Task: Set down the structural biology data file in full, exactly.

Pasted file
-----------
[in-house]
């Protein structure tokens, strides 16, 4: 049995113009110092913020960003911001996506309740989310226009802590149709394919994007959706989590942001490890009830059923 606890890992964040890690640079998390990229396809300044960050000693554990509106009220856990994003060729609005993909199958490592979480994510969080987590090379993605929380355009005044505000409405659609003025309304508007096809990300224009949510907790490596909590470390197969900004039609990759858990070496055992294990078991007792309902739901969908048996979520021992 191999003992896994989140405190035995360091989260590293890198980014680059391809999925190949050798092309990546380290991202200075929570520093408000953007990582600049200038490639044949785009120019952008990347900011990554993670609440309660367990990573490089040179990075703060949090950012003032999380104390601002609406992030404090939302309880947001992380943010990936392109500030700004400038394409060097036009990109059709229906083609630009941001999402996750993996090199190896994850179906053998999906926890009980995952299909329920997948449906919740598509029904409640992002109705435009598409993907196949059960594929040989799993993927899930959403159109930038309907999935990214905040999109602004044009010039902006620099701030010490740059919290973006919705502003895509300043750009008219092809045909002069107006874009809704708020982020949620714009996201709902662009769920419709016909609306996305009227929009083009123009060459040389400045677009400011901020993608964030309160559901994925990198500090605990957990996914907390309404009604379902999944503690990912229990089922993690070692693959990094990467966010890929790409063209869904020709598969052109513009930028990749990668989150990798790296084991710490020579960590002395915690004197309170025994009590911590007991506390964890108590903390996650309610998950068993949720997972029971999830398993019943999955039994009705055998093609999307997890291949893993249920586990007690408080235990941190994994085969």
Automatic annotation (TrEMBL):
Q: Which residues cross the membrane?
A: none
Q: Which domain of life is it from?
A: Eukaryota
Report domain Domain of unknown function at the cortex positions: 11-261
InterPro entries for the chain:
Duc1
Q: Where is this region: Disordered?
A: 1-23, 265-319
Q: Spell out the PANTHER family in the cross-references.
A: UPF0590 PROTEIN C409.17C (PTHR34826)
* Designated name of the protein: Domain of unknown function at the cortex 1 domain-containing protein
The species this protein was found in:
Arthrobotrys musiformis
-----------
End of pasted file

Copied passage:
[in-house]
């Protein structure tokens, strides 16, 4: 049995113009110092913020960003911001996506309740989310226009802590149709394919994007959706989590942001490890009830059923 606890890992964040890690640079998390990229396809300044960050000693554990509106009220856990994003060729609005993909199958490592979480994510969080987590090379993605929380355009005044505000409405659609003025309304508007096809990300224009949510907790490596909590470390197969900004039609990759858990070496055992294990078991007792309902739901969908048996979520021992 191999003992896994989140405190035995360091989260590293890198980014680059391809999925190949050798092309990546380290991202200075929570520093408000953007990582600049200038490639044949785009120019952008990347900011990554993670609440309660367990990573490089040179990075703060949090950012003032999380104390601002609406992030404090939302309880947001992380943010990936392109500030700004400038394409060097036009990109059709229906083609630009941001999402996750993996090199190896994850179906053998999906926890009980995952299909329920997948449906919740598509029904409640992002109705435009598409993907196949059960594929040989799993993927899930959403159109930038309907999935990214905040999109602004044009010039902006620099701030010490740059919290973006919705502003895509300043750009008219092809045909002069107006874009809704708020982020949620714009996201709902662009769920419709016909609306996305009227929009083009123009060459040389400045677009400011901020993608964030309160559901994925990198500090605990957990996914907390309404009604379902999944503690990912229990089922993690070692693959990094990467966010890929790409063209869904020709598969052109513009930028990749990668989150990798790296084991710490020579960590002395915690004197309170025994009590911590007991506390964890108590903390996650309610998950068993949720997972029971999830398993019943999955039994009705055998093609999307997890291949893993249920586990007690408080235990941190994994085969």
Automatic annotation (TrEMBL):
Q: Which residues cross the membrane?
A: none
Q: Which domain of life is it from?
A: Eukaryota
Report domain Domain of unknown function at the cortex positions: 11-261
InterPro entries for the chain:
Duc1
Q: Where is this region: Disordered?
A: 1-23, 265-319
Q: Spell out the PANTHER family in the cross-references.
A: UPF0590 PROTEIN C409.17C (PTHR34826)
* Designated name of the protein: Domain of unknown function at the cortex 1 domain-containing protein
The species this protein was found in:
Arthrobotrys musiformis